Ghana, Cote d’Ivoire to face slow cocoa season

Several bumper cocoa  harvests have left trees in Ivory Coast and Ghana fatigued, farmers and exporters have said.

It raises the concern that the world’s top two producers may struggle to rebound, from a sluggish start to the season.

The leading cocoa grower Ivory Coast harvested a record crop of over 1.74 tonnes last season, topping a previous record set in two years earlier. Ghana has roughly tripled its cocoa output over the past decade.

The Coffee and Cocoa Council (CCC), Ivory Coast’s marketing board, has already lowered its production target to around 1.6 million tonnes.Cocoa Pix

“It’s like a man. You can work hard for a long period, but if you don’t rest, you’ll struggle to do half, what you were able to do before,” said Dominique Kouadio, explaining the drop in output from his plantation in Ivory Coast’s Soubre region.

Cocoa arrivals at Ivorian ports in the first two months of the 2014/15 season were down around 10 percent from the previous season, according to exporters’ estimates.

Ghana, meanwhile, saw a drop in cocoa purchases of nearly 62 per cent through the first three weeks of the season.

Ghana’s slow start may be related in part to delays in financing certified buyers but farmers blamed outbreaks of fungal black pod disease, and a high mortality rate for flowers.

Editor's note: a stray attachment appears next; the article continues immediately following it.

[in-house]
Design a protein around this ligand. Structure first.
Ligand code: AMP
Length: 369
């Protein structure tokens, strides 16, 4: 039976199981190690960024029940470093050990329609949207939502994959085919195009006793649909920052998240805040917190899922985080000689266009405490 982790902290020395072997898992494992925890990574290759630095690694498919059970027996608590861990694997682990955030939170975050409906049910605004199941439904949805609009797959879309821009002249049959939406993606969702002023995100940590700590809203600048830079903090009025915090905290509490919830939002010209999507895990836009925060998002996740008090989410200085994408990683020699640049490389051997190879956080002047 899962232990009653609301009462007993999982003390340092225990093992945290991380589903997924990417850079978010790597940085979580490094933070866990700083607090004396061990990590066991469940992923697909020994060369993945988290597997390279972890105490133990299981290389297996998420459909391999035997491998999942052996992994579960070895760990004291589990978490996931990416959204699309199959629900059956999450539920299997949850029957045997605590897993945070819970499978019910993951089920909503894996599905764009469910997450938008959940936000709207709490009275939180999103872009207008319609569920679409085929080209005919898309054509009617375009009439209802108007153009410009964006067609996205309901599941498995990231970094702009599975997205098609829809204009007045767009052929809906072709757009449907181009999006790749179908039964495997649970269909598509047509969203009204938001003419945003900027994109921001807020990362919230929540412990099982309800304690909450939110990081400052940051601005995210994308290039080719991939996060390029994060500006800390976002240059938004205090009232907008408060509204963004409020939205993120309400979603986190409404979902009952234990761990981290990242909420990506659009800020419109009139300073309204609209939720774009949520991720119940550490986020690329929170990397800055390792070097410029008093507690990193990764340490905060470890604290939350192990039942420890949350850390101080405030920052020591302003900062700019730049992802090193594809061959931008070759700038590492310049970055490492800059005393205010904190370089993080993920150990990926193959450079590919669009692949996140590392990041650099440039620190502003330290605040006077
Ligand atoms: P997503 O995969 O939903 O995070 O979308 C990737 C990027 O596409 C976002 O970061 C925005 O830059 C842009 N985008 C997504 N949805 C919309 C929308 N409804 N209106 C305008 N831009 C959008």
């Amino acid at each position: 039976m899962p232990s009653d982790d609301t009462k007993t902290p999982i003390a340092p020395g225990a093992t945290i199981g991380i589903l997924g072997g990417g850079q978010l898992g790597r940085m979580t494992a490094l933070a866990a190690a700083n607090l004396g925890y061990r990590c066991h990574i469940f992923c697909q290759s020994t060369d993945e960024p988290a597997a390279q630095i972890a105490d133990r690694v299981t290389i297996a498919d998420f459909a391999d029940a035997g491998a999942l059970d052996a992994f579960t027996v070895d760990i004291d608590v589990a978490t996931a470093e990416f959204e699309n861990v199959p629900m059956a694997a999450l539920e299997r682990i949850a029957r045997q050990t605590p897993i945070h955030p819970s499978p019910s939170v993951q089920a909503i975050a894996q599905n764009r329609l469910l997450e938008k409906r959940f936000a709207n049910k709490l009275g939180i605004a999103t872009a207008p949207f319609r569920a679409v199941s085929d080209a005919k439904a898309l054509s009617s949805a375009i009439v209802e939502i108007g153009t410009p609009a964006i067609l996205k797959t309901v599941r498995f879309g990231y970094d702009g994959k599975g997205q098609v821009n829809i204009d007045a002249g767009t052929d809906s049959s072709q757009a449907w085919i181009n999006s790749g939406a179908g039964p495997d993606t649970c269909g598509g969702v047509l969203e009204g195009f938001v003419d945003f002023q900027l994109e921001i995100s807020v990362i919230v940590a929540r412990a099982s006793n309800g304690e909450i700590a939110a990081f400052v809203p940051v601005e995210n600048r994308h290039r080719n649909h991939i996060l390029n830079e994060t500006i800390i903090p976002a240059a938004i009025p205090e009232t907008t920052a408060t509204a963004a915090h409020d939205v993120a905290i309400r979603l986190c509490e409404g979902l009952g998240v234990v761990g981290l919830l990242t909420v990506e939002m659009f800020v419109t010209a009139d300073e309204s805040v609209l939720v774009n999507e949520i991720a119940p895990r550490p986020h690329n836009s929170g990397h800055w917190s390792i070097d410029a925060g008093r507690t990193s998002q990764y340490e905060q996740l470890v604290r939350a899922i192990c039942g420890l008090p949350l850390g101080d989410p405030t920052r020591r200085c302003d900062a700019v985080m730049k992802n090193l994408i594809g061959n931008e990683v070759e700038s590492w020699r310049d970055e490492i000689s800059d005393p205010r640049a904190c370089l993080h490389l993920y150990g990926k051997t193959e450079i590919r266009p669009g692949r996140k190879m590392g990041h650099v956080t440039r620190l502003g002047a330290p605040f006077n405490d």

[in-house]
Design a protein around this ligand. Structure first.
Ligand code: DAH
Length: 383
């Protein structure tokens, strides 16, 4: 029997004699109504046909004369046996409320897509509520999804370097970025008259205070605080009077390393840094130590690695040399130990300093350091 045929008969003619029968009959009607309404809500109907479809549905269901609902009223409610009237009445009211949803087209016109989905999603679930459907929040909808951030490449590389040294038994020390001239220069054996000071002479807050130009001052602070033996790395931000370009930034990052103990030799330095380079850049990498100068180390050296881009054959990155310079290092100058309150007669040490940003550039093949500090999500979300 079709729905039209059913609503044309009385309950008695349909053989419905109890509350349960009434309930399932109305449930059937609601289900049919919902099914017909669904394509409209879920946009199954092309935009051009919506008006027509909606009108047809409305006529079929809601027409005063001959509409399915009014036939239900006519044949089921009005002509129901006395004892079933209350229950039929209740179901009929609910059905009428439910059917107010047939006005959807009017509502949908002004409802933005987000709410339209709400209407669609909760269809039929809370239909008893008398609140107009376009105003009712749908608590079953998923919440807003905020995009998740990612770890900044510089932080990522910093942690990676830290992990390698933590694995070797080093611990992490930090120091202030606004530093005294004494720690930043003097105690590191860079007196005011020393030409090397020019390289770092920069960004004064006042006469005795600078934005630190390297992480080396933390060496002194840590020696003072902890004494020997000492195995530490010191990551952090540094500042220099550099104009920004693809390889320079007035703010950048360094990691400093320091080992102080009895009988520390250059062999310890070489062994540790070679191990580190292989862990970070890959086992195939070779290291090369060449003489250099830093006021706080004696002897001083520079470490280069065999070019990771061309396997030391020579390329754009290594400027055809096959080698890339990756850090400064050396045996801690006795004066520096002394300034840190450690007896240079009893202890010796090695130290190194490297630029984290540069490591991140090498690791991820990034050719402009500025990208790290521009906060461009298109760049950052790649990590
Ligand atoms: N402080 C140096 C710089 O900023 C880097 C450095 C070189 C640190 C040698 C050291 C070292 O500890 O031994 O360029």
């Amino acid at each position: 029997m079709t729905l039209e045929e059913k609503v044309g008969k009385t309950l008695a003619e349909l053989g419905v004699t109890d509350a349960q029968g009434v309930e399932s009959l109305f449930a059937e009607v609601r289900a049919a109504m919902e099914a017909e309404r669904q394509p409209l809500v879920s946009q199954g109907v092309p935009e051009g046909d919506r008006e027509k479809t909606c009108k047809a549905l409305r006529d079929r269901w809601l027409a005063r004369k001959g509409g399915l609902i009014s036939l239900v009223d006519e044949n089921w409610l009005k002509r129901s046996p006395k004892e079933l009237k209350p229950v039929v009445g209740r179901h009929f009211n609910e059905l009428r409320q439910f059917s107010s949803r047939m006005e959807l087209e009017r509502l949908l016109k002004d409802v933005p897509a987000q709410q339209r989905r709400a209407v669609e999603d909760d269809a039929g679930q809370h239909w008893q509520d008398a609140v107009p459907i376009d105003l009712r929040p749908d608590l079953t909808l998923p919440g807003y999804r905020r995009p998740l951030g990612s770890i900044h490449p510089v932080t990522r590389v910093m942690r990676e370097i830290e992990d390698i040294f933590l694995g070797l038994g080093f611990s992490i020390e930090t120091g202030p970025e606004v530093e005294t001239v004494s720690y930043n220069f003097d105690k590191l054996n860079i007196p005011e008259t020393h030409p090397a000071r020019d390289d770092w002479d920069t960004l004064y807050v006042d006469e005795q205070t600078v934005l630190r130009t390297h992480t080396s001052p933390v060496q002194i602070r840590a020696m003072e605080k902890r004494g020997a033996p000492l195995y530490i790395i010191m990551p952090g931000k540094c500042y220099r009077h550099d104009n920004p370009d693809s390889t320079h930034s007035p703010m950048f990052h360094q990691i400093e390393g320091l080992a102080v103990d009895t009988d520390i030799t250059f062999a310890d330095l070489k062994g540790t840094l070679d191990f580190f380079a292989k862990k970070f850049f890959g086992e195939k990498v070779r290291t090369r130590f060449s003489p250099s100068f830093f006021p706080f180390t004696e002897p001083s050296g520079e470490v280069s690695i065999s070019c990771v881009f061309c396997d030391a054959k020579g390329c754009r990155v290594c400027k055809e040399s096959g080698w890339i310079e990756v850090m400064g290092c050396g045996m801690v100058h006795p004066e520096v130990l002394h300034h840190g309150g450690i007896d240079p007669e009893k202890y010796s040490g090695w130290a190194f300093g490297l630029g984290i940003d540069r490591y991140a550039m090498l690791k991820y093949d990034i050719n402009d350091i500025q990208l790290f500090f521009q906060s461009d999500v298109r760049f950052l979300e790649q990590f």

While the lower arrivals, and purchases figures were largely anticipated by most traders, there remains disagreement over what will happen next.

Optimists predict that, arrivals between January and March, which saw an uncharacteristically deep dip last season, will largely offset the early slump.

“The harvest this year is delayed. We’ll have bigger volumes from January to March than in other years,” one fund manager told Reuters.

Jonathan Parkman, joint head of agriculture at commodities brokers Marex Spectron, took a more conservative view.

“There are those saying arrivals are going to massively exceed last year, and even exceed 2012/13,” he said. “The argument against that is, we don’t think the survival will be good enough for that, given normal weather,” he said.

The first three months of the year coincide with the height of the dry season and the arrival of the dusty, desert Harmattan winds.

This season’s fatigued trees will struggle to resist harsh conditions particularly if they are amplified by El Nino weather patterns, said Edward George, Head of Group Research at Ecobank.

“I think, if anything, where there’s risk that weakness will persist,” he said. “Inevitably it’s going to be a smaller crop this year.”

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